102. The "Rice Field" Radical: 田

The world is a chaotic, ever-changing place. Fortunately, the "rice field" radical 田 provides some relief, as it's the model of consistency.

I'm not talking about its definition, though this five-stroke 田 radical almost always means "rice field" or "field" inside characters. 

Rather, I'm referring to its shape. When 田 shapes cluster in characters, they lend a sense of orderliness to the whole visual. It may sound boring to see a bunch of grid shapes, but I find that, on the contrary, they pop out with graphic vividness. 

Here are some examples of what I mean.

Photo Credit: Eve Kushner

In Kobe, a playful font makes the 田 shapes jump out in 町 (57: town) and 画 (85: picture). This sign says 元町映画館 (もとまちえいがかん: Motomachi Movie Theater).

Photo Credit: Eve Kushner

In Tokyo, 田 (59: rice field) combines with 町 to form a great-looking place name. The 駅 (233: station) lends another grid to the picture, though not a 田 type of grid.

Photo Credit: Lutlam

In this author's name (Tadao Mitome), 田 appears inside three consecutive kanji! Here they are:

留 (805: to keep in place)
理 (220: logic)
男 (54: man)

In 理 (220), the "rice field" radical is merely a component, and it's actually just part of the  "village" radical 里 (radical 166). The on-duty radical is radical 96 ("jewel").

Photo Credit: Eve Kushner

The grid structures are practically on top of each other! However, 田 is a mere component in 神 (324: god). The 申 in that kanji means "lightning." In analyzing the etymology of 神, Henshall says that lightning was thought to be a manifestation of the gods and even the voice of the gods! The autonomous character 申 (322), which usually means "to say," does feature 田 as the on-duty radical.

Names of the 田 Radical

I've lost myself in the graphic beauty of these grid shapes. Let's return to basic facts about 田.

The Japanese read this radical as た, unless it's on the left side of a kanji. In that case, たへん works, as in these examples: 

町 (57: town)
略 (804: omission)

As you know, the English name of this radical is "rice field," though Nelson prefers "rice paddy."

When 田 Means "Rice Field"

The autonomous kanji 田 (59: rice field) depicts a rice field crossed by ridges and paths, says Henshall.

We also find "rice field" meanings in his etymologies of these two kanji:

画 (85: picture)

This character once had a different shape. In its current form, it represents a "rice field" (the 田 in the middle) combined with the remaining strokes (一 and 凵), which collectively mean "partitioning." The whole character means "to partition fields with a brush," which one would do on a map. That definition extended to "strokes" or "diagram, picture."

番 (196: number)

The top shape used to be 米 (rice). The planting of rice in the fields followed a "set order" and involved working by "roster," which is to say in "turn." Later, "roster" led by association to "guard." (Henshall lists "turn" and "guard" as primary definitions of 番.)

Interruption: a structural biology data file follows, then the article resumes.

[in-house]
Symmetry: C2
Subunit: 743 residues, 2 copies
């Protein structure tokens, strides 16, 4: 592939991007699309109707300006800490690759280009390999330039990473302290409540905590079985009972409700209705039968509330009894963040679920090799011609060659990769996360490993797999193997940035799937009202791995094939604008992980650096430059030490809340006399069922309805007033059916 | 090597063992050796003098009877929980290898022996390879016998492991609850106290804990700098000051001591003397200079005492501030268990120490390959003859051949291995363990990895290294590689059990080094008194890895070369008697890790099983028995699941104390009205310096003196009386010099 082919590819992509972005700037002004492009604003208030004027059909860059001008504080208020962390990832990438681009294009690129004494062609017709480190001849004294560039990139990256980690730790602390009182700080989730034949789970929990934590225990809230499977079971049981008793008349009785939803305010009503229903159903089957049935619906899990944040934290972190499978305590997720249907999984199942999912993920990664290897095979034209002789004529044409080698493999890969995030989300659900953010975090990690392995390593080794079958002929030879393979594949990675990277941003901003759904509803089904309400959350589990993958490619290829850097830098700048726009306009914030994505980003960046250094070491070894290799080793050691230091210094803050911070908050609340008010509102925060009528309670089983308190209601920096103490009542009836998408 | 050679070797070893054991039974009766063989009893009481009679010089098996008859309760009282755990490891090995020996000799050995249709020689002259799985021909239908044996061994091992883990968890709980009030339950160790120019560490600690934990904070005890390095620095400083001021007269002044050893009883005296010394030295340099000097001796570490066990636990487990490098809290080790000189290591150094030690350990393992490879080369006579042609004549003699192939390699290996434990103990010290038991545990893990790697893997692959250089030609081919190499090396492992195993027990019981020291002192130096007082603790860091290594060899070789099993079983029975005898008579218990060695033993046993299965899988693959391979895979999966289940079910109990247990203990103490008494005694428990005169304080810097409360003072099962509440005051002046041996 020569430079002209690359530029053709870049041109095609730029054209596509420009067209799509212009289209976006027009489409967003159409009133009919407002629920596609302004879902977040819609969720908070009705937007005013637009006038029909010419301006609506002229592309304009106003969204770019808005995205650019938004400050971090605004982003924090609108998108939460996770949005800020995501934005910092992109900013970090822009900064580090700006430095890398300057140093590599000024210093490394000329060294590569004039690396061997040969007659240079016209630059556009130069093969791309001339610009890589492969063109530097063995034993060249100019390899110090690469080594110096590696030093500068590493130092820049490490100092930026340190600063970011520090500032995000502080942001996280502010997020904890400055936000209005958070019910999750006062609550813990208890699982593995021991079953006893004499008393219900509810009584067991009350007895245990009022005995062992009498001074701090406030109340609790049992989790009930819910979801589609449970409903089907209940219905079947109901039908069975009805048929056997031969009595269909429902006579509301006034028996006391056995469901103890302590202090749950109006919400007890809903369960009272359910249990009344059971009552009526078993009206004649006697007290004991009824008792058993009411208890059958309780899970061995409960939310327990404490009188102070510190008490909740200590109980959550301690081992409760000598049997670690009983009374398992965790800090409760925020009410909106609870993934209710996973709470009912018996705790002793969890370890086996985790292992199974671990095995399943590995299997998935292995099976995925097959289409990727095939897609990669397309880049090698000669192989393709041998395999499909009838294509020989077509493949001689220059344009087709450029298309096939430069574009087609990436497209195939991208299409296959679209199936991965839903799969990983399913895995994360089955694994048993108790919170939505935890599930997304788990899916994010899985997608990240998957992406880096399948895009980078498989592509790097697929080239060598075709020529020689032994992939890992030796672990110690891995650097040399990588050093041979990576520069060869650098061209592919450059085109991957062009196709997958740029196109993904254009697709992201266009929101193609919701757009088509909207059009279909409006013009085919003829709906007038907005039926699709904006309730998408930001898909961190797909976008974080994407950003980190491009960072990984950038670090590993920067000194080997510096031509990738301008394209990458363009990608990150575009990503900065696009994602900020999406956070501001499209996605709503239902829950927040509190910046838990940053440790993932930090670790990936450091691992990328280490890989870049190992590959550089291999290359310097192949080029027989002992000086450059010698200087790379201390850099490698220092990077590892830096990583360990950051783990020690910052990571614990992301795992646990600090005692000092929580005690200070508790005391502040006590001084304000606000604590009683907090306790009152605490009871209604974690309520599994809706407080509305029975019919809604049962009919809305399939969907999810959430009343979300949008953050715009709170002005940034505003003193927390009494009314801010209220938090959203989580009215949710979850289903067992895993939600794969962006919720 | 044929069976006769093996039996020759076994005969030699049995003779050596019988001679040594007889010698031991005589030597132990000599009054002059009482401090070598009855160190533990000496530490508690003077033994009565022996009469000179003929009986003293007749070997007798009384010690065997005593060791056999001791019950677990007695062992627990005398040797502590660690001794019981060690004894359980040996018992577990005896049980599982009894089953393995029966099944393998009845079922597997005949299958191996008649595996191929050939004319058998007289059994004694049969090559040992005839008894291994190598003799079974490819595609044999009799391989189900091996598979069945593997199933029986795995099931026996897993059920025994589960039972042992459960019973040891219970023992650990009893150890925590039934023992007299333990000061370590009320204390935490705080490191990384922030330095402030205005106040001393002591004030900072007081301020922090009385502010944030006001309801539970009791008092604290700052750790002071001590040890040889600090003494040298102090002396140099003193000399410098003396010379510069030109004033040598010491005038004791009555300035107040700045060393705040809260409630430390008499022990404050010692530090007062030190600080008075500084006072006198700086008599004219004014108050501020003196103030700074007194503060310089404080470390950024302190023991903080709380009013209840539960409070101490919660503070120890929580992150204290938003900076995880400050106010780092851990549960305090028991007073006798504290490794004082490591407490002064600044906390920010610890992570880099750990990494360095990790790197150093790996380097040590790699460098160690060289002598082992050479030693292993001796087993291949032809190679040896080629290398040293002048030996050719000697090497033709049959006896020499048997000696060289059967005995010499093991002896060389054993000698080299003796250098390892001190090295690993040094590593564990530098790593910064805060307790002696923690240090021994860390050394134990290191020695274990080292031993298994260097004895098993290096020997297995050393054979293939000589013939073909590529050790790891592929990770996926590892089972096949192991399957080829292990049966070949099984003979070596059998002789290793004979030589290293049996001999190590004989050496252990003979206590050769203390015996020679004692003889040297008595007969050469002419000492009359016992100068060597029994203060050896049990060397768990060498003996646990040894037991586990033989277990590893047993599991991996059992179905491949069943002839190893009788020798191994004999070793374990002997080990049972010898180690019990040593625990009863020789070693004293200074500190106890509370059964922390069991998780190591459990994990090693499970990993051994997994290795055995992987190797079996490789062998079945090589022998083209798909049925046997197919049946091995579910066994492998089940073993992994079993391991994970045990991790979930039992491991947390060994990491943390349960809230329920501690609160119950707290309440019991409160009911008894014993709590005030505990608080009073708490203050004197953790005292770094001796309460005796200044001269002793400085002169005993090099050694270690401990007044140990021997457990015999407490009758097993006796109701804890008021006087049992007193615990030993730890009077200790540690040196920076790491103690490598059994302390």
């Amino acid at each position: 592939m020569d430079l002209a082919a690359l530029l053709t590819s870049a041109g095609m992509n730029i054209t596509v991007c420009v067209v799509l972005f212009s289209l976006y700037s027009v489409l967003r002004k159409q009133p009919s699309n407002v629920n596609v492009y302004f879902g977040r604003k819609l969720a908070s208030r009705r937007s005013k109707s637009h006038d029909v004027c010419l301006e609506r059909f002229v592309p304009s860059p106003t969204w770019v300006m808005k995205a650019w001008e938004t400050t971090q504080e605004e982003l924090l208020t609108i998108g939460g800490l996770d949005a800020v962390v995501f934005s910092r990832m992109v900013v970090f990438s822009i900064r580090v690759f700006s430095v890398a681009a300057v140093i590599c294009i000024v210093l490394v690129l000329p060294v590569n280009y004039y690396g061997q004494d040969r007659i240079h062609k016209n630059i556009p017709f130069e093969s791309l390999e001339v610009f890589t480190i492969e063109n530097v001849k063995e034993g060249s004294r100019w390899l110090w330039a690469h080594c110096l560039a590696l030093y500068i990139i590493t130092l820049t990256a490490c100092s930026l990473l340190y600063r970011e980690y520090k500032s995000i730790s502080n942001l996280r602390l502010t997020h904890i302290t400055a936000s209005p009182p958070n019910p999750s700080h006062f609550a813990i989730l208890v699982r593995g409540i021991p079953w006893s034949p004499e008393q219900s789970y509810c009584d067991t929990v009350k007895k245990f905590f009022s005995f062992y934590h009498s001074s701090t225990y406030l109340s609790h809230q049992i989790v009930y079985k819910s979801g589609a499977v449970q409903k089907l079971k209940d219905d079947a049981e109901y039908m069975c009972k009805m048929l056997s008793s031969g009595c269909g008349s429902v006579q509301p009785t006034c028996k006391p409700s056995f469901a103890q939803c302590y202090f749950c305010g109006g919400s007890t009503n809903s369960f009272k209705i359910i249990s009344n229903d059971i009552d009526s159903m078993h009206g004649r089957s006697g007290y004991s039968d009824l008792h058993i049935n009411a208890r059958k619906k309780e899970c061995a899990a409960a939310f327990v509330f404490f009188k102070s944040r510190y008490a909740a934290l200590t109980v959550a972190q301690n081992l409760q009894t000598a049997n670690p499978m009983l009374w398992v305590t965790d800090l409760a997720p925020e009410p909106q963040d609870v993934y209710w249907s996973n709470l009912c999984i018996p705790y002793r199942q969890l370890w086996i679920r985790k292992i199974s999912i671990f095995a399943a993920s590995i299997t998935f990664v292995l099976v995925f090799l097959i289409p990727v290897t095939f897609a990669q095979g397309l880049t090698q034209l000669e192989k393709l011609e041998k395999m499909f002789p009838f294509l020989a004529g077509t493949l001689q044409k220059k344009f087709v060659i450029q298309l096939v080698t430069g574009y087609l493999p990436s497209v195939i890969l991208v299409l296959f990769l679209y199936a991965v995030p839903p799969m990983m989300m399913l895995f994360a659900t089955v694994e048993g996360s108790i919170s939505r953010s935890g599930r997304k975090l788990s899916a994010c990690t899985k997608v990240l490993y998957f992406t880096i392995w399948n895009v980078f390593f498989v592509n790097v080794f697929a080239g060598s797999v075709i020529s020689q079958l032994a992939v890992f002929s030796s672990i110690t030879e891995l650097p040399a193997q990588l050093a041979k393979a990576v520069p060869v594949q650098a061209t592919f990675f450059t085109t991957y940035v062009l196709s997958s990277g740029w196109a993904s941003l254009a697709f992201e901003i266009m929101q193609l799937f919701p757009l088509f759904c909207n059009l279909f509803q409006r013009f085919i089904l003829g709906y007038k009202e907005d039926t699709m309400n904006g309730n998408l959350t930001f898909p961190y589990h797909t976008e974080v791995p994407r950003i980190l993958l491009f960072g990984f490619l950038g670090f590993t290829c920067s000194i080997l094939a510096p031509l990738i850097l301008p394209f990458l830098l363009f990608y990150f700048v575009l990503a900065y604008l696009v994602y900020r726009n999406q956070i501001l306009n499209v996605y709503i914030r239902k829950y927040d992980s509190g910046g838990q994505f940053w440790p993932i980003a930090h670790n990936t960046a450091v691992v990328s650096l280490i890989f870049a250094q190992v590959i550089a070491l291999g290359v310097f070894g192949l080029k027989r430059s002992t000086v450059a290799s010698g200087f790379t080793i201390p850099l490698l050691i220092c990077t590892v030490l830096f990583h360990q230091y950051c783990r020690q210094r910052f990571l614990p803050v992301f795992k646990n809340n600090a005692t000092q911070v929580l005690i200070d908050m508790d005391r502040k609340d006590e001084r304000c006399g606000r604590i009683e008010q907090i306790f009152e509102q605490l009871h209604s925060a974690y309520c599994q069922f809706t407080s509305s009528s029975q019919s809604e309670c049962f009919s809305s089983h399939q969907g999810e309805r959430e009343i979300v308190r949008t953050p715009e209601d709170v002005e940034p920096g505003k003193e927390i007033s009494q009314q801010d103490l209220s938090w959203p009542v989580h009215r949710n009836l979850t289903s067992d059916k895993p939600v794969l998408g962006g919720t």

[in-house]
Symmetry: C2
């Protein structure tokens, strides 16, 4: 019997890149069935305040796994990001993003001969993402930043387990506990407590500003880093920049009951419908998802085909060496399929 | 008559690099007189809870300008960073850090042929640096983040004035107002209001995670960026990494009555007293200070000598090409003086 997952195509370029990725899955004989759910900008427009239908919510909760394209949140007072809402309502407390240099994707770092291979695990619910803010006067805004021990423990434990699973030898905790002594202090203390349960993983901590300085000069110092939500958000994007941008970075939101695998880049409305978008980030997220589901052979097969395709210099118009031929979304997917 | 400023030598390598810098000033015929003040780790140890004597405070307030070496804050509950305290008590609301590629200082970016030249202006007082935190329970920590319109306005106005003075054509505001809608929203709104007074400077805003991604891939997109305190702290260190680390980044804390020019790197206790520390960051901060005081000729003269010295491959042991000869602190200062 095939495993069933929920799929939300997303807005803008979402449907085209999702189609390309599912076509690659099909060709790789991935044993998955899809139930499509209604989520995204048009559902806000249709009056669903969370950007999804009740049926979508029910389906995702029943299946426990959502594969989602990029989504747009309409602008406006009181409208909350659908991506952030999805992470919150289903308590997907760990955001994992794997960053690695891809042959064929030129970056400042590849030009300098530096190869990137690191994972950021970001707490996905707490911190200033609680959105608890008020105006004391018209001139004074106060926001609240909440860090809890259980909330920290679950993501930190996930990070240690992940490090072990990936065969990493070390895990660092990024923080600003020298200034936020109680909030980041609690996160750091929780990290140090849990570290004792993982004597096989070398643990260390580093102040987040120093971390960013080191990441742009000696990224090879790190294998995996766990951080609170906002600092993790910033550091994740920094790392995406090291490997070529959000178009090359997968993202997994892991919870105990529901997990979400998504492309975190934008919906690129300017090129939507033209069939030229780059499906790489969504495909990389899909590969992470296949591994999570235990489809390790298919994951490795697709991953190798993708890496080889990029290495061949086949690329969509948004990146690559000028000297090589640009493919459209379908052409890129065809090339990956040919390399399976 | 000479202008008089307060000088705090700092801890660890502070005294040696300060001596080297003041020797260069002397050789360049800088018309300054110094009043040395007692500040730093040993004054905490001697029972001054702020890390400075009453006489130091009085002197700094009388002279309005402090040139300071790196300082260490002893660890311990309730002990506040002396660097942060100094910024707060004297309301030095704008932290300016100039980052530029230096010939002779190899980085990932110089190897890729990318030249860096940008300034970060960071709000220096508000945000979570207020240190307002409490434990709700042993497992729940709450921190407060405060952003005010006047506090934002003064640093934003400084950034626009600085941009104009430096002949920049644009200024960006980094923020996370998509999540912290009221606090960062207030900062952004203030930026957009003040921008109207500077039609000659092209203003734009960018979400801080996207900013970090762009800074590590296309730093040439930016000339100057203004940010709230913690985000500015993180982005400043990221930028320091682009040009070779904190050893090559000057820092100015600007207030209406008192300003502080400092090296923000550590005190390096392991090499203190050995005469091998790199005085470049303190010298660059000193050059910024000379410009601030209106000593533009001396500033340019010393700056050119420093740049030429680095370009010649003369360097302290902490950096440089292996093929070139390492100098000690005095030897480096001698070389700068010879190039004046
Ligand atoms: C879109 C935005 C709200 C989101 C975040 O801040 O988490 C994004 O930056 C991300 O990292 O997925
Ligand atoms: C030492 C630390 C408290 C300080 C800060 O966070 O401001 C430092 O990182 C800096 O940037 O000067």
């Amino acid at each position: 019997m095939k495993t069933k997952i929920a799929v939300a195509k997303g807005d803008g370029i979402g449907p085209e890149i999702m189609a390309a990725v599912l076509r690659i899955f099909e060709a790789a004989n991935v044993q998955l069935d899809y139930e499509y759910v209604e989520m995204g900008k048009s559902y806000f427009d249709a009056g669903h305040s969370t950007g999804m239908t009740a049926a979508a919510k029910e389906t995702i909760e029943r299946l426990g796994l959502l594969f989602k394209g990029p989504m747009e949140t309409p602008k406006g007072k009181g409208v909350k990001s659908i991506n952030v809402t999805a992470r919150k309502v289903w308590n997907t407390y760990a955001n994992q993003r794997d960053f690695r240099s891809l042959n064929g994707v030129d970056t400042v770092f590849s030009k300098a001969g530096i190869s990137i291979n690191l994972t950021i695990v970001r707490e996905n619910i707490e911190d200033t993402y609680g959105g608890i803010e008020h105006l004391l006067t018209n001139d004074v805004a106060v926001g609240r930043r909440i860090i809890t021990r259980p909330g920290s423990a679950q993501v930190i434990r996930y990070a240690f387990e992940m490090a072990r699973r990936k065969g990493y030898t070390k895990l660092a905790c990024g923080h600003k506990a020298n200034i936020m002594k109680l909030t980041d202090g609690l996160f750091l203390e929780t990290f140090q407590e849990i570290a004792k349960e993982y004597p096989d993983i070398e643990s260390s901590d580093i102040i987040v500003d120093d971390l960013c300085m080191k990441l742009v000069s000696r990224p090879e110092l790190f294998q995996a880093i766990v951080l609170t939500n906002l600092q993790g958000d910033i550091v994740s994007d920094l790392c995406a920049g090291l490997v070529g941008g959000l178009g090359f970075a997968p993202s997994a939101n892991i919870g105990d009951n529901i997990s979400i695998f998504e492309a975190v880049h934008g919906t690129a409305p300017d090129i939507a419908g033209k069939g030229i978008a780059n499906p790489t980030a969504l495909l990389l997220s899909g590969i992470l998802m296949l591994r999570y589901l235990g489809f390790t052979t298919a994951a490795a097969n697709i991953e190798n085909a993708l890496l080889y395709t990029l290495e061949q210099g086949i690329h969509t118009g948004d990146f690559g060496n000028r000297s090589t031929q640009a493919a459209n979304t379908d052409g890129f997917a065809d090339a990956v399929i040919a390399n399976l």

Fields of Something Other Than Rice

In these nine kanji, 田 means "field," but not "rice field," says Henshall:

男 (54: man)
町 (57: town)
界 (240: world)
畑 (369: field)
略 (804: omission)
畝 (1468: ridge in field)
畜 (1577: livestock) 
(1713: ridge between fields)
畏 (1955: awe)

Whereas our radical means "rice field" in just three of the 19 Joyo characters containing 田, this shape represents a generic "field" in exactly half of that set. That's quite a few! One might do better, then, to think of 田 as the "field" radical, but of course the "rice field" meaning comes from the primary definition of the 田 kanji.

Here are Henshall's etymologies for three of the kanji in the list above:

町 (57: town)

This character combines "field" with "nail." The latter shape phonetically expresses "walk" and lends its T shape to suggest "junction of paths." The character originally meant "paths through the fields," extending to "place where fields join," then "area, community."

界 (240: world)

Here we have "field" + "to come between," collectively meaning "division of land," leading to both "boundary" and "area."

畑 (369: field)

This is a kokuji, a kanji invented in Japan. It joins "field" with "fire," producing "field that is burned off," as opposed to a rice paddy.

Photo Credit: Eve Kushner

In a village built for the film 24 Eyes on Shodoshima in the Inland Sea, this field has nothing to do with rice, just as the 田 in 畑 (369: field) doesn't. The sign indicates that we're seeing a 花畑 (はなばたけ: flower garden).

The large writing in the sign is as follows:

お願い (おねがい: request)

Please do not enter the flower garden.

入る (はいる: to enter);
下さい (ください: please)

In the smaller writing to the left, we find 映画村 (えいがむら), the name of the village, which literally means "film village." Eigamura is now a tourist destination, not a neighborhood where people actually live.

The より at the end means "from." It's preceded by 花咲か爺さん (はなさかじいさん: Hanasaka Jiisan), a charming reference to a folktale by that name. In the past, people have translated that folktale title as "The Old Man Who Made the Dead Trees Blossom," though the word 花咲か literally has to do with blooming (咲) flowers (花). The story stars a kind man who has big problems with a nasty neighbor.